Speaker: Dr. Joseph Heitman
Affiliation: Duke University Medical Center
Host: Dr. Leah Cowen
Date & Time: November 9th - 4PM
Place: FitzGerald Building, Room 103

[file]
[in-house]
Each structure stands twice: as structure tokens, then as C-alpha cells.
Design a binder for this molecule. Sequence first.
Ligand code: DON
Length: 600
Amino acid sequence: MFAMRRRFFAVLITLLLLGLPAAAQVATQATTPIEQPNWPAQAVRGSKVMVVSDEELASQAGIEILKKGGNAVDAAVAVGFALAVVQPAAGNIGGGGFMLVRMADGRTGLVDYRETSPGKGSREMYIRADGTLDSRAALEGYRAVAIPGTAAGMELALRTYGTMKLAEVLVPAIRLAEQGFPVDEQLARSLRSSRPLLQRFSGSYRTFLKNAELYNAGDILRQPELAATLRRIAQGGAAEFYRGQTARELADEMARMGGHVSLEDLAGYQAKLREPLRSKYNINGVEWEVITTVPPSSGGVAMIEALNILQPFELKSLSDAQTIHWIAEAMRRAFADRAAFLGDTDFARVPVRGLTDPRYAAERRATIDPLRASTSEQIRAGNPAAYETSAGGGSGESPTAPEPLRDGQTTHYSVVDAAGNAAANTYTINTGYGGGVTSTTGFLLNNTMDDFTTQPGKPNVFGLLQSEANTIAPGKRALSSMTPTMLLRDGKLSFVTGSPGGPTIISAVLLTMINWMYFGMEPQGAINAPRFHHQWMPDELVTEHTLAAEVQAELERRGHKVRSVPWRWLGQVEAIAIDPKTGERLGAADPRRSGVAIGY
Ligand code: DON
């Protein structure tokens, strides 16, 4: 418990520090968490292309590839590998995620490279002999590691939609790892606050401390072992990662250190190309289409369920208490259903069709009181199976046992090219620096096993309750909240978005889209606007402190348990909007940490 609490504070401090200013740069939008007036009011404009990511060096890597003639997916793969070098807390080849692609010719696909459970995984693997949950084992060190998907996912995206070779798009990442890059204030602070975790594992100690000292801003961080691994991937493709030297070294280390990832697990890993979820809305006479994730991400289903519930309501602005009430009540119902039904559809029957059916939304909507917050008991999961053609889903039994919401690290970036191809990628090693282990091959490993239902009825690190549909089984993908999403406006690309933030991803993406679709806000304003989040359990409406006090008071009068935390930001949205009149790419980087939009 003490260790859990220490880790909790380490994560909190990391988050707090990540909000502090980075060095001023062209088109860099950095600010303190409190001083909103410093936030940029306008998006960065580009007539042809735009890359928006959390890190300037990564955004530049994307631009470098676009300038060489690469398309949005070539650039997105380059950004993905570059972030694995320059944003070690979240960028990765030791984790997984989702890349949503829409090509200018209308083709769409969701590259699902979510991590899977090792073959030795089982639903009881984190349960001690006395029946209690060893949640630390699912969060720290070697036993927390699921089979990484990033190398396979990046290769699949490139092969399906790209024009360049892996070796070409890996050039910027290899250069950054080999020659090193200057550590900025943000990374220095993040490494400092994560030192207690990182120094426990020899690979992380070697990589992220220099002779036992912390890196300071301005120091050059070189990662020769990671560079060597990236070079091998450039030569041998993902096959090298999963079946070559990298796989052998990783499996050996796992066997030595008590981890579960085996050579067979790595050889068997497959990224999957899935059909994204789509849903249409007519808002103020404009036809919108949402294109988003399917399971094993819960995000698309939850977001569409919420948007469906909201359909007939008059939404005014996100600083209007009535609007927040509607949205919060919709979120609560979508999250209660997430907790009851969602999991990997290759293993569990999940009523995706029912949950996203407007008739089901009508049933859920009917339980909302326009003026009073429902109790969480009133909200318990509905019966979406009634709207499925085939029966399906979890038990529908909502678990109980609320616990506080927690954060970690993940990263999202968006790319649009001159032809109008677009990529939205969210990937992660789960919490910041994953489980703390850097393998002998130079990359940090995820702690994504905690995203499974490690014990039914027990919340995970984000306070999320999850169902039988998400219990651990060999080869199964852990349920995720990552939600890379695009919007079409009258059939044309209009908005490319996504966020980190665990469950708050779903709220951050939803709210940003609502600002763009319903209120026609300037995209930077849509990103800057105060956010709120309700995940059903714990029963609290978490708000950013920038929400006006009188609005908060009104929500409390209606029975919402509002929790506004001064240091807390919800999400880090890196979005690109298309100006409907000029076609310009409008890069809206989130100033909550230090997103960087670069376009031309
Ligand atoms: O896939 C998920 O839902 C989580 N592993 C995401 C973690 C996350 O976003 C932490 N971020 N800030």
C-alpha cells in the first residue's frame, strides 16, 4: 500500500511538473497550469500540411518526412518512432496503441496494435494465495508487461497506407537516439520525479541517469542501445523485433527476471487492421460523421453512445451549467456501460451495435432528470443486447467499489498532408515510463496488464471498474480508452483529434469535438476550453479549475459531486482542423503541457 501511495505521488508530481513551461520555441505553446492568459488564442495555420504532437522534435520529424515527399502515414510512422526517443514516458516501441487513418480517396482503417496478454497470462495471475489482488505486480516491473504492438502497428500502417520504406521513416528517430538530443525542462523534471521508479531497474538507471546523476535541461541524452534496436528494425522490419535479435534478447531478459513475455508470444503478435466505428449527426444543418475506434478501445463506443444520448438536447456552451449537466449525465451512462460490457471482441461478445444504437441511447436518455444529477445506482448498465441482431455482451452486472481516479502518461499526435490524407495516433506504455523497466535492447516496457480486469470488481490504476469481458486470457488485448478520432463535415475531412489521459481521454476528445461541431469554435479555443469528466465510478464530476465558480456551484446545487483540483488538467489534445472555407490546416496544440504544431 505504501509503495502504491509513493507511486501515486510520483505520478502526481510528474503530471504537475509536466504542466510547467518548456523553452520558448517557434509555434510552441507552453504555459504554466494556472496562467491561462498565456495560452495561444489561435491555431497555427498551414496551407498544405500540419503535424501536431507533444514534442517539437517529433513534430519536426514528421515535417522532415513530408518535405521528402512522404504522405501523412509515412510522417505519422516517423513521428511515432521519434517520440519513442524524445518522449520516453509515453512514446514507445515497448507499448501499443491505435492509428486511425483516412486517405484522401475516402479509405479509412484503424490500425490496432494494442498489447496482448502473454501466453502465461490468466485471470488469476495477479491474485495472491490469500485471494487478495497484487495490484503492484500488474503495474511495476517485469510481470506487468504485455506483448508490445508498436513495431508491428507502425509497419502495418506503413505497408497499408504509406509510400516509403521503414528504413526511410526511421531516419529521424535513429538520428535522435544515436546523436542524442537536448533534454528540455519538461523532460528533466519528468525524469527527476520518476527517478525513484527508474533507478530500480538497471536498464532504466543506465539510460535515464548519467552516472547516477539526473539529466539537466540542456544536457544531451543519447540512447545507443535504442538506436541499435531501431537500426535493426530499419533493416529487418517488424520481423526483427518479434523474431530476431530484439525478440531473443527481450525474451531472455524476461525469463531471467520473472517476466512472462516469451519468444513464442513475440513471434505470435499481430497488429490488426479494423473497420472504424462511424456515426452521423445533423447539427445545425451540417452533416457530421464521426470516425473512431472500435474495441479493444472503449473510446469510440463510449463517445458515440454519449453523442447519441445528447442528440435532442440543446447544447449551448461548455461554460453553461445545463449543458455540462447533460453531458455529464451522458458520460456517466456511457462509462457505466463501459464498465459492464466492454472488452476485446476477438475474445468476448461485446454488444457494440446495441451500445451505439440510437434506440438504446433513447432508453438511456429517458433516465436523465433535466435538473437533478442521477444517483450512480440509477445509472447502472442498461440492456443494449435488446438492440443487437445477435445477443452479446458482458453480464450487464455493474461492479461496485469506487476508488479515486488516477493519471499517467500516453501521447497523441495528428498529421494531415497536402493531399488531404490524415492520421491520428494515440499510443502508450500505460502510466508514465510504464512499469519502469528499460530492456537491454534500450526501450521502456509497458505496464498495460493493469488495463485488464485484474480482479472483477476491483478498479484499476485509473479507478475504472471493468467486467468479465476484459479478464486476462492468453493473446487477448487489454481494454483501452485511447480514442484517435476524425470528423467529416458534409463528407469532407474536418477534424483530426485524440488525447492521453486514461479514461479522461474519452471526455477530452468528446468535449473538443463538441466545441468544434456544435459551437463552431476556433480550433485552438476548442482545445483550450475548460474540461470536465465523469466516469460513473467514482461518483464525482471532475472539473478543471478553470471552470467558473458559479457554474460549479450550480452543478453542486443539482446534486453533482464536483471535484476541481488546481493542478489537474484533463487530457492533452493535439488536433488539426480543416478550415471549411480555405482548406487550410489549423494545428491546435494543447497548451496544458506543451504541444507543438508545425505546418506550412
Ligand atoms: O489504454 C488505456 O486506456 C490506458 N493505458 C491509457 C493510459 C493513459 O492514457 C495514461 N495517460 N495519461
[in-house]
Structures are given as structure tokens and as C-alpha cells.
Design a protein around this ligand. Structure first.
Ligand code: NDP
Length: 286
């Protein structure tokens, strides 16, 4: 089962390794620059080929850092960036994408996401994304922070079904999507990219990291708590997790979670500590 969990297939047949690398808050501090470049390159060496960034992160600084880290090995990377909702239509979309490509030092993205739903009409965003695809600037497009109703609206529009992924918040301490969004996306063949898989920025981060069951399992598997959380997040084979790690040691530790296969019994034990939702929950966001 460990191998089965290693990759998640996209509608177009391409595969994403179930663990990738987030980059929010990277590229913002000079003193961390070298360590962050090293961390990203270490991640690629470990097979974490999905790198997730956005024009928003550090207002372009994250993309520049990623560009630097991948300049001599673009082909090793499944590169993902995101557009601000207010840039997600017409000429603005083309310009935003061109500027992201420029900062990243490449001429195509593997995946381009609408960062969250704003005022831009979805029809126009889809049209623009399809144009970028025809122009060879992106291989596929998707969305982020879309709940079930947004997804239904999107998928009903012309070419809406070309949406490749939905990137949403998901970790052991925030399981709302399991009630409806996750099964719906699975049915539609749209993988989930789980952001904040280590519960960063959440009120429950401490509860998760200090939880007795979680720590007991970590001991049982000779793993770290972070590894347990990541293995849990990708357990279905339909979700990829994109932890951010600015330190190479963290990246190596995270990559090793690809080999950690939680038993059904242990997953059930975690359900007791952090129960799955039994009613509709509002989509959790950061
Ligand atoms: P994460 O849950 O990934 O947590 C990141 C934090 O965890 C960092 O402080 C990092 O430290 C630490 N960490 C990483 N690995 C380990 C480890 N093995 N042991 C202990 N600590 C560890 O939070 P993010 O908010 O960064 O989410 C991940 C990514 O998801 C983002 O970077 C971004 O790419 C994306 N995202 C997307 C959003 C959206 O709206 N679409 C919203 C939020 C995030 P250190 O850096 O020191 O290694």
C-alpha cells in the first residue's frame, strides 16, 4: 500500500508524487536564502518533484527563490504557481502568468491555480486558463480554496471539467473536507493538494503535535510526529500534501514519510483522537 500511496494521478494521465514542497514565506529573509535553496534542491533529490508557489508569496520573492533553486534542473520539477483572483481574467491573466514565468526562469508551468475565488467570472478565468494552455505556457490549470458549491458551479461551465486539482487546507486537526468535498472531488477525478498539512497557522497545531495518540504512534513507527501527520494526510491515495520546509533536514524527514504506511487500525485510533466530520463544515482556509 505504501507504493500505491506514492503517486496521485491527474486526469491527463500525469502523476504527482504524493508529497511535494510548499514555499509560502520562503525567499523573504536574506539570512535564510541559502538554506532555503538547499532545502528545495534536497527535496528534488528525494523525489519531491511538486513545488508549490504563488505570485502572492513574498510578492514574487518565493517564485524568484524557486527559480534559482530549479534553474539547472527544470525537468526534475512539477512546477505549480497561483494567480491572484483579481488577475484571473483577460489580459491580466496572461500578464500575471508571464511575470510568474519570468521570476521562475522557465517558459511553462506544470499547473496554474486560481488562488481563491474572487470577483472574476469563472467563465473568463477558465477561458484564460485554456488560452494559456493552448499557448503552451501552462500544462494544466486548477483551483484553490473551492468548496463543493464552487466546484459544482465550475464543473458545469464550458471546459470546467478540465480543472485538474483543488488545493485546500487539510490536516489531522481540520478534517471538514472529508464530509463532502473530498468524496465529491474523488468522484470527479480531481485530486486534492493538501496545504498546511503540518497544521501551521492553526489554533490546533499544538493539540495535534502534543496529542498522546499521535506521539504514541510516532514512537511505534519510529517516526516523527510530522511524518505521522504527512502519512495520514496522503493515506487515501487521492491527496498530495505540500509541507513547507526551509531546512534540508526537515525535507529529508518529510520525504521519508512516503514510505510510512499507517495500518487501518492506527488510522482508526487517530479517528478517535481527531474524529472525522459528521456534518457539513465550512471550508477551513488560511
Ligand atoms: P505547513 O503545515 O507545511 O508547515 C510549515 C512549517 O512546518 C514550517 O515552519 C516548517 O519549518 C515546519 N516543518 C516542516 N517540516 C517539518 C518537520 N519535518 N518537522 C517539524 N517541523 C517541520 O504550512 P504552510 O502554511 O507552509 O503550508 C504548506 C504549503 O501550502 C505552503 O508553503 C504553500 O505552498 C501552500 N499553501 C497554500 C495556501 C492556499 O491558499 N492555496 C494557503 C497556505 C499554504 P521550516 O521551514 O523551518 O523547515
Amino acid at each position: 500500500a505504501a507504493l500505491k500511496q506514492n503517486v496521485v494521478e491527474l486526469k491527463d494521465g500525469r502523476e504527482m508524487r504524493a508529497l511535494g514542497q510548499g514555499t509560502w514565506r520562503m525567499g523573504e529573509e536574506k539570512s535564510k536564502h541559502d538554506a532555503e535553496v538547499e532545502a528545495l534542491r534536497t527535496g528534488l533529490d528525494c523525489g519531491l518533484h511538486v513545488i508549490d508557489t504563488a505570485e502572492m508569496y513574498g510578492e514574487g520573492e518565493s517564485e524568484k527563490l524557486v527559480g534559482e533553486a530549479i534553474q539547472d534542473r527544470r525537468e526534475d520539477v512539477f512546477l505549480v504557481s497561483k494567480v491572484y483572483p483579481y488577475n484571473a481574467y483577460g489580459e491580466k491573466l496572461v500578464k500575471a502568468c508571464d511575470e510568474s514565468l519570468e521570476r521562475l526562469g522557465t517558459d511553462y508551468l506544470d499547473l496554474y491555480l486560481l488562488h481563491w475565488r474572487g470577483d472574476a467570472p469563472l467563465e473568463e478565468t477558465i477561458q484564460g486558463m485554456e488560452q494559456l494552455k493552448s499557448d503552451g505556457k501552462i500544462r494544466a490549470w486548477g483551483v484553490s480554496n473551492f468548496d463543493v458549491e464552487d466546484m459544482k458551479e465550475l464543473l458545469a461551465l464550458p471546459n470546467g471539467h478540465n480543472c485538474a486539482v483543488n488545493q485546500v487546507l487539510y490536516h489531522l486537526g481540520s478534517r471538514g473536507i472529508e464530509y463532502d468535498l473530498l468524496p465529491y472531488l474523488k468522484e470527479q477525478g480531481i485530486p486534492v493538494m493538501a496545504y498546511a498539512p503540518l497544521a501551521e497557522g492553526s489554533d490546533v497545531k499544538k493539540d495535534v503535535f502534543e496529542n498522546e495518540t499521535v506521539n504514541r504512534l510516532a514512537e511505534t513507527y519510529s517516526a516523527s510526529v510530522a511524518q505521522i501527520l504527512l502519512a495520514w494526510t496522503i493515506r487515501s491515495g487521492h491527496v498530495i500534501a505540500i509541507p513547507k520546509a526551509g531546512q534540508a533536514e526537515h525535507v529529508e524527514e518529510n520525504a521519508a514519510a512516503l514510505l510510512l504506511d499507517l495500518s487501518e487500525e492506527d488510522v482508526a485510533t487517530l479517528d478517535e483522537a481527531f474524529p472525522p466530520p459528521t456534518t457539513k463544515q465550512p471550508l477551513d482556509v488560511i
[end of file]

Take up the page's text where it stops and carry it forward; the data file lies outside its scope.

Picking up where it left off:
We study the evolution of sexual reproduction and its impact on microbial pathogens. Many fungi and parasites were thought asexual and clonal; we now appreciate the majority have extant unusual sexual cycles. We study how sexual identity is specified by mating-type loci. In parallel we study how sexual reproduction occurs. We discovered an unusual sexual cycle involving only one mating-type, unisexual reproduction, that provides adaptive benefits. First, unisex generates genetic diversity de novo, preserving well-adapted genomic configurations yet generating limited genetic diversity. Second, unisex promotes yeast-filamentous transition to forage for nutrients and generate infectious spores. Third, unisex reverses Muller’s Ratchet, avoiding mutation accumulation that dooms asexual species to extinction. Other fungi and eukaryotic parasites reproduce unisexually. Unisex may have evolved to mitigate sex-associated costs and afford advantages associated with conventional sexual modes. Studies of fungal sex evolution illustrate general principles with implications for model and pathogenic microbes and multicellular eukaryotes, and provide insight into an evolutionary epoche with sex before sexes.